Sustainable, eco-friendly and healthy buildings in Vietnam
In Vietnam, we expect green buildings to quickly become the most sought-after buildings and spaces in the market to occupiers.
Currently there are over 100,000 LEED Certified projects across 160 countries and close to 1,000 projects are WELL (and Fitwel) Certified in over 100 countries. In Vietnam, there are currently 17 built office buildings with a LEED accreditation and 65% of these buildings are located in Ho Chi Minh City, and only 3 of these LEED buildings are located in the downtown Central Business District. In short, good quality and eco-friendly buildings are scarce in Vietnam, and for buildings with a focus on the daily users’ or occupants’ health and wellness – is virtually non-existent.
As sustainable building initiatives continue to be a main discussion topic around the world, green sustainable building standards are progressively becoming the norm, and for here in Vietnam, we expect these green buildings to quickly become the most sought-after buildings and spaces in the market to occupiers.
Many occupiers in Vietnam are starting to explore what are green buildings and what are the associated accreditations. Globally recognised accredited certifications such as LEED (Leadership in Energy and Environmental Design) and WELL Building Standard are used to validate a building or an organisation’s sustainability and wellness efforts before, during and after construction completion, and while the two accreditations similarly promote best healthy, efficient and green building practices, they are actually rather different when compared side by side.
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LEED was founded by the United States Green Building Council (USGBC) in 1994 and is the cornerstone of USGBC. LEED Certification helps building owners and designers to demonstrate their project’s sustainability by measuring the impact that the building has on the environment and energy.
LEED is available for all building types and phases, including new construction projects, existing buildings, neighbourhood mixed-use developments, residential houses and more. For a building to become LEED certified, it will need to receive a certain amount of LEED Points that are based on the building’s physical structure and whether it meets environmental criteria, such as innovation & design process, location & transportation, sustainable sites, water efficiency, energy & atmosphere, materials & resources, regional priority and indoor environment quality.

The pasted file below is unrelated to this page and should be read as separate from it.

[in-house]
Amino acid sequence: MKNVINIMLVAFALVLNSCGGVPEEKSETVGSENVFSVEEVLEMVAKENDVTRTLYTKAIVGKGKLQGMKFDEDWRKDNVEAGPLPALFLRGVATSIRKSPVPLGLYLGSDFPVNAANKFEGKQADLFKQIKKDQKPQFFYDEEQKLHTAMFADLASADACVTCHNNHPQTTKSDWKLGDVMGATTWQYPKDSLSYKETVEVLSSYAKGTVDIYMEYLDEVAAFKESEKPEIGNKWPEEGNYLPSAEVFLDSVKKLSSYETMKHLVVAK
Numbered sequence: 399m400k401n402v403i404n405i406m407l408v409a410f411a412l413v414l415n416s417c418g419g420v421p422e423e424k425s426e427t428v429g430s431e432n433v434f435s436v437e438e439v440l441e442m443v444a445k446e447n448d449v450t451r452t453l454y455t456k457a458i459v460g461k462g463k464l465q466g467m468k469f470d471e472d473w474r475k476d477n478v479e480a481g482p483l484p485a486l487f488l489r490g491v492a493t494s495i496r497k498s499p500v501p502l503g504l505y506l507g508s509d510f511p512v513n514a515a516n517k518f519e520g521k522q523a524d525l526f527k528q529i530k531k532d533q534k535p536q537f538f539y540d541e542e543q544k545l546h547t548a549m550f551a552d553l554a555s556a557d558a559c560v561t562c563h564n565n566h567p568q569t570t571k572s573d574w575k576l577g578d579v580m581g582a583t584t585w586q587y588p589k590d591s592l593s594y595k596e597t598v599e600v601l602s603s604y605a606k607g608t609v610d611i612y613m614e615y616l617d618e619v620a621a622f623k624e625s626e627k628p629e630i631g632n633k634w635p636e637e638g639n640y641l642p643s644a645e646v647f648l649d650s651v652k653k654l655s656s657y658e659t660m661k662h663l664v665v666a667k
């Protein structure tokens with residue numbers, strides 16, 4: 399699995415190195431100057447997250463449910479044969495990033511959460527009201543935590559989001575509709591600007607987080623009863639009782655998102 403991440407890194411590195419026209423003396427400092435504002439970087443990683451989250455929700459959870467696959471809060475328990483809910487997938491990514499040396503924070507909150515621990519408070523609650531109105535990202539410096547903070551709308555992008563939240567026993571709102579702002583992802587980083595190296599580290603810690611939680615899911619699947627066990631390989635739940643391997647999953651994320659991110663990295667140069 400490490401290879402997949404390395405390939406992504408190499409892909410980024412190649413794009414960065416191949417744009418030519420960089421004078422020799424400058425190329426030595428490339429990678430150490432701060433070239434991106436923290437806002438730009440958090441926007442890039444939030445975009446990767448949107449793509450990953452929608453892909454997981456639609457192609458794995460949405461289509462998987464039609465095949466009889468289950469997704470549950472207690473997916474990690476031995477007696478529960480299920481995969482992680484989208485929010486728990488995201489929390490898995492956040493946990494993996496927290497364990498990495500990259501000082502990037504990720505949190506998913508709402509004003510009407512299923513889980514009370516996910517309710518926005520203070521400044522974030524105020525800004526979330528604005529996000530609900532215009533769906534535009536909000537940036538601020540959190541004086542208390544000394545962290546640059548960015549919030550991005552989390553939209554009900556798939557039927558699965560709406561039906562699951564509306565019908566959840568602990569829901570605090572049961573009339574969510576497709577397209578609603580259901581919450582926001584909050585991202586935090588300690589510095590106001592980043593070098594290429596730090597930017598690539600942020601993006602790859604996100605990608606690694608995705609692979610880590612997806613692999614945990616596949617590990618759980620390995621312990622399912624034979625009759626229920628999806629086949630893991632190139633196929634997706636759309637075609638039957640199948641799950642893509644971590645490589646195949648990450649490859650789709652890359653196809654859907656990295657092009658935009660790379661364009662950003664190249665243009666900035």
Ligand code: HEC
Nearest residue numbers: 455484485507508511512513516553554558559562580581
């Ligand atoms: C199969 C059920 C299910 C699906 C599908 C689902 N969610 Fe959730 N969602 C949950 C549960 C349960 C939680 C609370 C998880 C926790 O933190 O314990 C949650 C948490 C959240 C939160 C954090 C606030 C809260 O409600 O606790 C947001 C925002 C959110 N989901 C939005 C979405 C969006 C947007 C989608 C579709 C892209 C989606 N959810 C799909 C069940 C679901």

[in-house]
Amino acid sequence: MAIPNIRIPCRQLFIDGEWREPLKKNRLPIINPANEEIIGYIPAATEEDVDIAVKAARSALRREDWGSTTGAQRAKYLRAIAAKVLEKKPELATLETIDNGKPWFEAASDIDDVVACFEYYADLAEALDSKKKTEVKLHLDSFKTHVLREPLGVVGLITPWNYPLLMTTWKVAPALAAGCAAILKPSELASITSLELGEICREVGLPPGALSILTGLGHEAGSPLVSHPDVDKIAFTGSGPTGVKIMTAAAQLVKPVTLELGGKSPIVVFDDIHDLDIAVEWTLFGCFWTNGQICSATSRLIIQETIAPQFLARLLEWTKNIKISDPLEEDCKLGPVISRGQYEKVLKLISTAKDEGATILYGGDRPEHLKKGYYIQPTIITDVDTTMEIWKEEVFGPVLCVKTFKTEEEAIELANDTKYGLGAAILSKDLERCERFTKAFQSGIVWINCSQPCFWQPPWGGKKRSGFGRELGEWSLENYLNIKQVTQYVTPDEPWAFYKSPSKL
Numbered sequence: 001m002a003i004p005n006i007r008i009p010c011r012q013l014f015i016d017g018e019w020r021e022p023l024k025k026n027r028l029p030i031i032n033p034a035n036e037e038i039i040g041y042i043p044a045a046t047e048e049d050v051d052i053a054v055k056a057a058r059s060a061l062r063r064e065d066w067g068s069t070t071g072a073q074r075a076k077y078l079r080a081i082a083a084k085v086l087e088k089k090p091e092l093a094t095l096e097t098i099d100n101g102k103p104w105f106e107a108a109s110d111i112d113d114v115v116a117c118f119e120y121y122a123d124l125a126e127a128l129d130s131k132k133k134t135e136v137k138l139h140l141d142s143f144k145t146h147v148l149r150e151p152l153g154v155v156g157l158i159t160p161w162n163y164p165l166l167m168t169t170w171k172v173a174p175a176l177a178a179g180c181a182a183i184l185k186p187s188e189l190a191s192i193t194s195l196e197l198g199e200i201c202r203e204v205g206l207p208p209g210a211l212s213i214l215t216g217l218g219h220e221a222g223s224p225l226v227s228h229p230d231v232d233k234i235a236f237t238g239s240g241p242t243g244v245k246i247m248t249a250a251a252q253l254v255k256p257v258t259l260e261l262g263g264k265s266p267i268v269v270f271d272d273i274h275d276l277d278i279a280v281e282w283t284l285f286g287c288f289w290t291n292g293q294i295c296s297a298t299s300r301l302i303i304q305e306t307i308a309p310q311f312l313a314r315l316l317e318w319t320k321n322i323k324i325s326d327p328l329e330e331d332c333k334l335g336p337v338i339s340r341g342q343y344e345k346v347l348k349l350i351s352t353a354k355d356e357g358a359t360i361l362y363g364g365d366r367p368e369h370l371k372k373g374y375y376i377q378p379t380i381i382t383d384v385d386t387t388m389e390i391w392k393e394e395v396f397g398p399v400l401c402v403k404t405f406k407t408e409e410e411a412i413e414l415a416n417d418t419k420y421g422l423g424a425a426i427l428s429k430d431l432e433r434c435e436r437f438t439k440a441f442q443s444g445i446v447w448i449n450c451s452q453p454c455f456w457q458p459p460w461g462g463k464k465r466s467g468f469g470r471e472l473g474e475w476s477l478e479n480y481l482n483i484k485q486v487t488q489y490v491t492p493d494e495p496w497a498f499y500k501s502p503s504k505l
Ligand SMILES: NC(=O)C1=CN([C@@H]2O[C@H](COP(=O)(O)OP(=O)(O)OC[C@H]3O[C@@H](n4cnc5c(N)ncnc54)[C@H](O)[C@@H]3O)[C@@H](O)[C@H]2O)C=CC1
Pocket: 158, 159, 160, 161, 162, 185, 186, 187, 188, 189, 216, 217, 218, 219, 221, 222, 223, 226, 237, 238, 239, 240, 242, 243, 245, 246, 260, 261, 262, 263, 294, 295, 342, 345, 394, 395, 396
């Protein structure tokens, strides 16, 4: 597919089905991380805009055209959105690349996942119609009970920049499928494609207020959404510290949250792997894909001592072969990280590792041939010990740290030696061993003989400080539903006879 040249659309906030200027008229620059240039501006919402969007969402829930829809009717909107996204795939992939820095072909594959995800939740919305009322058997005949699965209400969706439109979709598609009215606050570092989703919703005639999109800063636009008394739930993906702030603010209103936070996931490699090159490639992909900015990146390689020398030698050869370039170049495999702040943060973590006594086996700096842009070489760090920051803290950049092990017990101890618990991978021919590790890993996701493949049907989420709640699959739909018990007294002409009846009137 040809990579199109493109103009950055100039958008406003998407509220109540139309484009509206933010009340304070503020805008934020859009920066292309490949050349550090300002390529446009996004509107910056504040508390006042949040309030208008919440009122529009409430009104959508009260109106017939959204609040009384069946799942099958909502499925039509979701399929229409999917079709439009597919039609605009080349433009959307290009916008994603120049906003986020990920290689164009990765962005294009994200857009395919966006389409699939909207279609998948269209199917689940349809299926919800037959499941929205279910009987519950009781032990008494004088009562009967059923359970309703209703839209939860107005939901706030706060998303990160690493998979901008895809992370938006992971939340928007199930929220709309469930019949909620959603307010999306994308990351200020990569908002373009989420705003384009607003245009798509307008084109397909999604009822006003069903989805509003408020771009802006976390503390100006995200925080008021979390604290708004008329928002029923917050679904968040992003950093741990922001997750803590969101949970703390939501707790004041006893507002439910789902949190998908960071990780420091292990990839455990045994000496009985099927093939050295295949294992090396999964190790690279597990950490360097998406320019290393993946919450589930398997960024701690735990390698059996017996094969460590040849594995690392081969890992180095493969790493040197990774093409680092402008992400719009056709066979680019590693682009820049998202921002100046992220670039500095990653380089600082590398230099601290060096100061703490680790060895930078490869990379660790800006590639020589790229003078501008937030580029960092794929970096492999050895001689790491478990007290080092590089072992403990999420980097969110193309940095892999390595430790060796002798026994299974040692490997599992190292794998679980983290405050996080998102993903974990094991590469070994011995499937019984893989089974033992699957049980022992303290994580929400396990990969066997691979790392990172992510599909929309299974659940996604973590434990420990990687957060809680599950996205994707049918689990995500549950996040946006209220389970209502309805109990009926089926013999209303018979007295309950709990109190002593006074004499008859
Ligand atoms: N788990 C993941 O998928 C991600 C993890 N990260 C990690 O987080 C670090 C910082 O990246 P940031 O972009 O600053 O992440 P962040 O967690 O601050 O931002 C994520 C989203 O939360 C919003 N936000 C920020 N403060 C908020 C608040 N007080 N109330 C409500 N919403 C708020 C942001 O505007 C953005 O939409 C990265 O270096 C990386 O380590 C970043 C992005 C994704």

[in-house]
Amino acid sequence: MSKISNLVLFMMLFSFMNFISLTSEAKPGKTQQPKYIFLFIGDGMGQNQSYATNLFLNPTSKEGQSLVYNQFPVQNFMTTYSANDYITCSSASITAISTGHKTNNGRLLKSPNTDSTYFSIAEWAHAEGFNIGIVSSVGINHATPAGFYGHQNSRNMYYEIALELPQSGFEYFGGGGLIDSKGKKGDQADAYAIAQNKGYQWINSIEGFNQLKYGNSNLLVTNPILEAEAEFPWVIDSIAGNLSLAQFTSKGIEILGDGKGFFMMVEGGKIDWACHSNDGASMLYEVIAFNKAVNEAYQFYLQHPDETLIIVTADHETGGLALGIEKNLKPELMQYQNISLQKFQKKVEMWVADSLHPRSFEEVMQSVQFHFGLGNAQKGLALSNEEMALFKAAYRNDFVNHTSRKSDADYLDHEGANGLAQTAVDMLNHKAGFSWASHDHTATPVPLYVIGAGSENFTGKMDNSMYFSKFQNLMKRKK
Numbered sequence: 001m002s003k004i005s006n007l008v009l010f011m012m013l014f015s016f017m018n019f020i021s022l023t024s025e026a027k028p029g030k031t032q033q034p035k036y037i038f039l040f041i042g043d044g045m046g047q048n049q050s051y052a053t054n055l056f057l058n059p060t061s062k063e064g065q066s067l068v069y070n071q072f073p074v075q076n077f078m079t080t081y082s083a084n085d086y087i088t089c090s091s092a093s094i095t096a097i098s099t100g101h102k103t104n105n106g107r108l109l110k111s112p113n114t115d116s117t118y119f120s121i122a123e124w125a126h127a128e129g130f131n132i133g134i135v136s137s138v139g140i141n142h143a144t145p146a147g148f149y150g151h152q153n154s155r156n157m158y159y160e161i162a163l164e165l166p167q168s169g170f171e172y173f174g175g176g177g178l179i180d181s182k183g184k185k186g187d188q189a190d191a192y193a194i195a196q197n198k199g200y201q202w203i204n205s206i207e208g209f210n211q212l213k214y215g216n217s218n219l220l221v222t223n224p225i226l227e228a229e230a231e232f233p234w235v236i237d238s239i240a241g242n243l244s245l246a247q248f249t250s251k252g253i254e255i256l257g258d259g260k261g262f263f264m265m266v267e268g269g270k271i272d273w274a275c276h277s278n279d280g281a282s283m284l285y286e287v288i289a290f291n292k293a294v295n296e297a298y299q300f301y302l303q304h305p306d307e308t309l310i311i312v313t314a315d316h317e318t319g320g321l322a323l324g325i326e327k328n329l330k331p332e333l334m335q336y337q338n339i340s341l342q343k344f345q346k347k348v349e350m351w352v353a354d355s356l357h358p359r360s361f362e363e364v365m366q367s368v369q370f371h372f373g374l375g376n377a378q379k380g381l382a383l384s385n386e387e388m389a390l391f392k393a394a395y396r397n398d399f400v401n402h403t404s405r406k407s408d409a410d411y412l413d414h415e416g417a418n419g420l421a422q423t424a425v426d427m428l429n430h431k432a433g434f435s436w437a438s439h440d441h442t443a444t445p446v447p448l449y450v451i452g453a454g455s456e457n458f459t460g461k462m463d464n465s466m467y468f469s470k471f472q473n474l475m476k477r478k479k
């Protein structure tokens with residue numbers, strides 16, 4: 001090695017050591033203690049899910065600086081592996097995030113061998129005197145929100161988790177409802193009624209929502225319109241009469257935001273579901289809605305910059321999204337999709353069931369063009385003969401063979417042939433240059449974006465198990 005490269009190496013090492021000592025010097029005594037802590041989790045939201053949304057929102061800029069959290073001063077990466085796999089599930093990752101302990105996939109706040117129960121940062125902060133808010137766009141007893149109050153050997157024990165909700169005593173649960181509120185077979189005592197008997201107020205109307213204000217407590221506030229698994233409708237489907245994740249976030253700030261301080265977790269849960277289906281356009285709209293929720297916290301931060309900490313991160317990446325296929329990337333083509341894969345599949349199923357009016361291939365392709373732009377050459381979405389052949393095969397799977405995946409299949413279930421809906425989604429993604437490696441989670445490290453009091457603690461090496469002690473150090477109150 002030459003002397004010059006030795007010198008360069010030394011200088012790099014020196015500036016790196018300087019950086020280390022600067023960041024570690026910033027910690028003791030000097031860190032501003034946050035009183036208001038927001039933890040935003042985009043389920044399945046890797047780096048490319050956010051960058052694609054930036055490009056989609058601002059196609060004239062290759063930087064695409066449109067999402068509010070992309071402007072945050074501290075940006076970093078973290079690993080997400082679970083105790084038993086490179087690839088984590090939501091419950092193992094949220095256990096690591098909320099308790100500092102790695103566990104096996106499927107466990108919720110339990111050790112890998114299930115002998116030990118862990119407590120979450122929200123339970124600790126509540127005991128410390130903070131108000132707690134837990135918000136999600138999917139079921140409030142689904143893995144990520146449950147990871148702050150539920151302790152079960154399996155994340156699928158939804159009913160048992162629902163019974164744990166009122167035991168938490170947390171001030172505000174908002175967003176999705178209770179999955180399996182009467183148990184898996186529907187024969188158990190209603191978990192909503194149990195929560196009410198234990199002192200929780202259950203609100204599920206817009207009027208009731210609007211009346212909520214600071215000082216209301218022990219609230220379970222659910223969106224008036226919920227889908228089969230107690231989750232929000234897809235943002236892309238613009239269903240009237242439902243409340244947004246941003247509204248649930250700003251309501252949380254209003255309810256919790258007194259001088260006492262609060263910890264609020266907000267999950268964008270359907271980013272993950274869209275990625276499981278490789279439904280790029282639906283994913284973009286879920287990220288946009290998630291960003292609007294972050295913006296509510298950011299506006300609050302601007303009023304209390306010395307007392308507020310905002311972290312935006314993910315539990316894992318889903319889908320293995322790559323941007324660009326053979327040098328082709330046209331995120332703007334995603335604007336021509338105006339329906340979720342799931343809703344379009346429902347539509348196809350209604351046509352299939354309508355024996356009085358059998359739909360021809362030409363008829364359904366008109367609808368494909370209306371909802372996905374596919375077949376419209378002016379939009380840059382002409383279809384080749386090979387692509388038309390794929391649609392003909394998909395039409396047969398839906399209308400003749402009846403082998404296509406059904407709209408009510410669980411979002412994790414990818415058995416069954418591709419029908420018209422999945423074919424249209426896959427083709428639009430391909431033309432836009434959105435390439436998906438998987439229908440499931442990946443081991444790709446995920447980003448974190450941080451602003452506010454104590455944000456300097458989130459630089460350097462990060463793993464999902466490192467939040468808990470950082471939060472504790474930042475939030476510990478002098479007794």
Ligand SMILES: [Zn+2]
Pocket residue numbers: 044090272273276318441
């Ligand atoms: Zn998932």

Depending on the number of points achieved, the project will earn either a Certified, Silver, Gold or Platinum rating.
It is the most widely-used and recognised green sustainable building credential or the badge of honour that interior designers, architects, home owners, and real estate developers can receive.
WELL accreditation on the other hand was a system launched by the International WELL Building of Institute (IWBI) in 2014, two decades after LEED, as the world’s first building standard to explore the relationship between a building and the health and mental wellness of a building’s users.
The IWBI partnered with designers, architects, together with scientists, doctors and wellness thought leaders to develop a list of standards with a sole-focus on promoting healthy and active lifestyles through the way a building is designed, constructed and then operated.
WELL certifications can be applied to different types of residential and commercial buildings to include new constructions, existing buildings and remodels.
Compliance is rated by an independent third-party assessor who awards a score based solely on occupant health and comfort.
WELL Points are awarded across multiple categories on criteria such as air & water quality, natural light exposure, nourishment, thermal comfort, materials, sound levels, mind, community, and dedicated fitness & wellness spaces.
Depending on score achieved, the building will received a Bronze, Silver, Gold or Platinum standard rating.
In light of the recent pandemic, WELL has even released a new Health-Safety Rating that is tailored towards operations and building management. This particular certification focuses on emergency preparedness, air and water quality and advanced cleaning and hygiene procedures to instill comfort for building occupants returning to indoor work and community environments in the new normal.
Hence, a short summary on the benefits of being in LEED and WELL Certified buildings, besides from reducing negative impacts that a building has on its surrounding environment, LEED certified buildings are highly efficient and have been shown to save on utilities such as energy, water and waste, which translates to lower maintenance and operating expenditures. WELL certified buildings allow its’ occupants to feel safe and well where their health and wellness is being put first, which leads to healthier, happier, a more positive and ultimately a more productive community, and for buildings with the two accreditations combined, they are the buildings of the future that are looking after the planet as well as looking after the occupiers that work within them on a daily basis.
Kontaktperson William TranHead of Office Leasing Advisory, JLL Vietnam
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